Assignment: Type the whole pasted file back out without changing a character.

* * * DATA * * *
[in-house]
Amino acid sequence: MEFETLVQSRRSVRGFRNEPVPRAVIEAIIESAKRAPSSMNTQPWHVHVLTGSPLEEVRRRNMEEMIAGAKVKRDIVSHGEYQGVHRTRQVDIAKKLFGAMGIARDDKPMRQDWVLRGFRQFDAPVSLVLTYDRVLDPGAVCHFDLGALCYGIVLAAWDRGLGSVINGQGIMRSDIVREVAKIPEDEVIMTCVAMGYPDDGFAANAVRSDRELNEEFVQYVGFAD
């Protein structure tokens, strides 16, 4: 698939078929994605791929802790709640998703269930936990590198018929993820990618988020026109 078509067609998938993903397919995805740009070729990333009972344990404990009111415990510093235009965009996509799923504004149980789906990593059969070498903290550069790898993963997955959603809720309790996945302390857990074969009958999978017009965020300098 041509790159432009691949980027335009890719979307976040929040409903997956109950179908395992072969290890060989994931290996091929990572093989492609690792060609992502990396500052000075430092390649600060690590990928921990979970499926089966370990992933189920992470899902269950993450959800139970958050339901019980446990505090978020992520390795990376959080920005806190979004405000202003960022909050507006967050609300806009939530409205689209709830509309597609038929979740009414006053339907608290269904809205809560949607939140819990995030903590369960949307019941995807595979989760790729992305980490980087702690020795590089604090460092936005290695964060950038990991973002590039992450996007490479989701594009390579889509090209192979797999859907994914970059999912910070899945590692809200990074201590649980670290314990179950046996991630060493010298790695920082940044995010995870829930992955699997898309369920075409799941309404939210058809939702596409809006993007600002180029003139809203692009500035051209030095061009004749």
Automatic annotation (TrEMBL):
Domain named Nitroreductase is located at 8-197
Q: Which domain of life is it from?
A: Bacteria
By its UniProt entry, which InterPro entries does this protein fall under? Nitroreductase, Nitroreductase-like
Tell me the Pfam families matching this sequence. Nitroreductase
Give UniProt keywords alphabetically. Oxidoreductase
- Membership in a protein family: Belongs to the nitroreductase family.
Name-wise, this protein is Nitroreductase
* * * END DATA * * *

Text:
[in-house]
Amino acid sequence: MEFETLVQSRRSVRGFRNEPVPRAVIEAIIESAKRAPSSMNTQPWHVHVLTGSPLEEVRRRNMEEMIAGAKVKRDIVSHGEYQGVHRTRQVDIAKKLFGAMGIARDDKPMRQDWVLRGFRQFDAPVSLVLTYDRVLDPGAVCHFDLGALCYGIVLAAWDRGLGSVINGQGIMRSDIVREVAKIPEDEVIMTCVAMGYPDDGFAANAVRSDRELNEEFVQYVGFAD
């Protein structure tokens, strides 16, 4: 698939078929994605791929802790709640998703269930936990590198018929993820990618988020026109 078509067609998938993903397919995805740009070729990333009972344990404990009111415990510093235009965009996509799923504004149980789906990593059969070498903290550069790898993963997955959603809720309790996945302390857990074969009958999978017009965020300098 041509790159432009691949980027335009890719979307976040929040409903997956109950179908395992072969290890060989994931290996091929990572093989492609690792060609992502990396500052000075430092390649600060690590990928921990979970499926089966370990992933189920992470899902269950993450959800139970958050339901019980446990505090978020992520390795990376959080920005806190979004405000202003960022909050507006967050609300806009939530409205689209709830509309597609038929979740009414006053339907608290269904809205809560949607939140819990995030903590369960949307019941995807595979989760790729992305980490980087702690020795590089604090460092936005290695964060950038990991973002590039992450996007490479989701594009390579889509090209192979797999859907994914970059999912910070899945590692809200990074201590649980670290314990179950046996991630060493010298790695920082940044995010995870829930992955699997898309369920075409799941309404939210058809939702596409809006993007600002180029003139809203692009500035051209030095061009004749």
Automatic annotation (TrEMBL):
Domain named Nitroreductase is located at 8-197
Q: Which domain of life is it from?
A: Bacteria
By its UniProt entry, which InterPro entries does this protein fall under? Nitroreductase, Nitroreductase-like
Tell me the Pfam families matching this sequence. Nitroreductase
Give UniProt keywords alphabetically. Oxidoreductase
- Membership in a protein family: Belongs to the nitroreductase family.
Name-wise, this protein is Nitroreductase